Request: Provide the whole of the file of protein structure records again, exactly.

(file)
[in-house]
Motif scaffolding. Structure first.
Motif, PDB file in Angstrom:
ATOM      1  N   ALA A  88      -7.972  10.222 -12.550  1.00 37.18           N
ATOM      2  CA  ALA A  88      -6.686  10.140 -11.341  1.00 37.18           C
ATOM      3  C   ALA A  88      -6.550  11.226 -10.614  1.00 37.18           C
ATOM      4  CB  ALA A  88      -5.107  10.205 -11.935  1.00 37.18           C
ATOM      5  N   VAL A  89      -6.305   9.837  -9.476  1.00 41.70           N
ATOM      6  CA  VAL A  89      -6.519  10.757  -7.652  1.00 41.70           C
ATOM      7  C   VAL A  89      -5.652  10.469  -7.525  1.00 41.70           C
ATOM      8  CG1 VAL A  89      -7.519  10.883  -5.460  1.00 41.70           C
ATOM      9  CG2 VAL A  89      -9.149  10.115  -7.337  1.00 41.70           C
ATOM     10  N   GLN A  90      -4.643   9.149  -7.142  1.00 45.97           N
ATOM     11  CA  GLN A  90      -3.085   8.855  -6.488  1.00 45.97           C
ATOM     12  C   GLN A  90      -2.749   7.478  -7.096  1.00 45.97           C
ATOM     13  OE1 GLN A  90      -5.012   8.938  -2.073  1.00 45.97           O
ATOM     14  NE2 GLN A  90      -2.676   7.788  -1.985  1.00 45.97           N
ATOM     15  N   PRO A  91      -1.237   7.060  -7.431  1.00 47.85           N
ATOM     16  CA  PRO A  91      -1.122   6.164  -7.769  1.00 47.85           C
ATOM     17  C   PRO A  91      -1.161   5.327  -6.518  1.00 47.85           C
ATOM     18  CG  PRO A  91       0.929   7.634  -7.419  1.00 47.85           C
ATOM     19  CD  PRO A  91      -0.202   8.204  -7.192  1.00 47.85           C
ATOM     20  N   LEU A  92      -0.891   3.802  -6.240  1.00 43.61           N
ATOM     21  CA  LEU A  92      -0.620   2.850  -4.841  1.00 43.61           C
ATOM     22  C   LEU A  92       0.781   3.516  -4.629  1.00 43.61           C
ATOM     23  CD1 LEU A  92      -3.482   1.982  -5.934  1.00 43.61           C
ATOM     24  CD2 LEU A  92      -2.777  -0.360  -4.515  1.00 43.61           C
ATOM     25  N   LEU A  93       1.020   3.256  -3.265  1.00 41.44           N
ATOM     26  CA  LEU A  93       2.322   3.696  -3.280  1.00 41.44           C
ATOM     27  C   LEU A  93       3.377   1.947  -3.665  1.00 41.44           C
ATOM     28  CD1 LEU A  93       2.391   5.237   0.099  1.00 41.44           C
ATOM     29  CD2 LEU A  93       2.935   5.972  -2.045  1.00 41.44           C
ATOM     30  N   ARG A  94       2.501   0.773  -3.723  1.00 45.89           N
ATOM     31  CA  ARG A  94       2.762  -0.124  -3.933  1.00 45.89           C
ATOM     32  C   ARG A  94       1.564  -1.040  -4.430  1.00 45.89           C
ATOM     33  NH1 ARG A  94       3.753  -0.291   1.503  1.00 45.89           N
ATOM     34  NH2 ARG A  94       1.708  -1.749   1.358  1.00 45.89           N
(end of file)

[in-house]
Motif scaffolding. Structure first.
Motif, PDB file in Angstrom:
ATOM      1  N   ALA A  88      -7.972  10.222 -12.550  1.00 37.18           N
ATOM      2  CA  ALA A  88      -6.686  10.140 -11.341  1.00 37.18           C
ATOM      3  C   ALA A  88      -6.550  11.226 -10.614  1.00 37.18           C
ATOM      4  CB  ALA A  88      -5.107  10.205 -11.935  1.00 37.18           C
ATOM      5  N   VAL A  89      -6.305   9.837  -9.476  1.00 41.70           N
ATOM      6  CA  VAL A  89      -6.519  10.757  -7.652  1.00 41.70           C
ATOM      7  C   VAL A  89      -5.652  10.469  -7.525  1.00 41.70           C
ATOM      8  CG1 VAL A  89      -7.519  10.883  -5.460  1.00 41.70           C
ATOM      9  CG2 VAL A  89      -9.149  10.115  -7.337  1.00 41.70           C
ATOM     10  N   GLN A  90      -4.643   9.149  -7.142  1.00 45.97           N
ATOM     11  CA  GLN A  90      -3.085   8.855  -6.488  1.00 45.97           C
ATOM     12  C   GLN A  90      -2.749   7.478  -7.096  1.00 45.97           C
ATOM     13  OE1 GLN A  90      -5.012   8.938  -2.073  1.00 45.97           O
ATOM     14  NE2 GLN A  90      -2.676   7.788  -1.985  1.00 45.97           N
ATOM     15  N   PRO A  91      -1.237   7.060  -7.431  1.00 47.85           N
ATOM     16  CA  PRO A  91      -1.122   6.164  -7.769  1.00 47.85           C
ATOM     17  C   PRO A  91      -1.161   5.327  -6.518  1.00 47.85           C
ATOM     18  CG  PRO A  91       0.929   7.634  -7.419  1.00 47.85           C
ATOM     19  CD  PRO A  91      -0.202   8.204  -7.192  1.00 47.85           C
ATOM     20  N   LEU A  92      -0.891   3.802  -6.240  1.00 43.61           N
ATOM     21  CA  LEU A  92      -0.620   2.850  -4.841  1.00 43.61           C
ATOM     22  C   LEU A  92       0.781   3.516  -4.629  1.00 43.61           C
ATOM     23  CD1 LEU A  92      -3.482   1.982  -5.934  1.00 43.61           C
ATOM     24  CD2 LEU A  92      -2.777  -0.360  -4.515  1.00 43.61           C
ATOM     25  N   LEU A  93       1.020   3.256  -3.265  1.00 41.44           N
ATOM     26  CA  LEU A  93       2.322   3.696  -3.280  1.00 41.44           C
ATOM     27  C   LEU A  93       3.377   1.947  -3.665  1.00 41.44           C
ATOM     28  CD1 LEU A  93       2.391   5.237   0.099  1.00 41.44           C
ATOM     29  CD2 LEU A  93       2.935   5.972  -2.045  1.00 41.44           C
ATOM     30  N   ARG A  94       2.501   0.773  -3.723  1.00 45.89           N
ATOM     31  CA  ARG A  94       2.762  -0.124  -3.933  1.00 45.89           C
ATOM     32  C   ARG A  94       1.564  -1.040  -4.430  1.00 45.89           C
ATOM     33  NH1 ARG A  94       3.753  -0.291   1.503  1.00 45.89           N
ATOM     34  NH2 ARG A  94       1.708  -1.749   1.358  1.00 45.89           N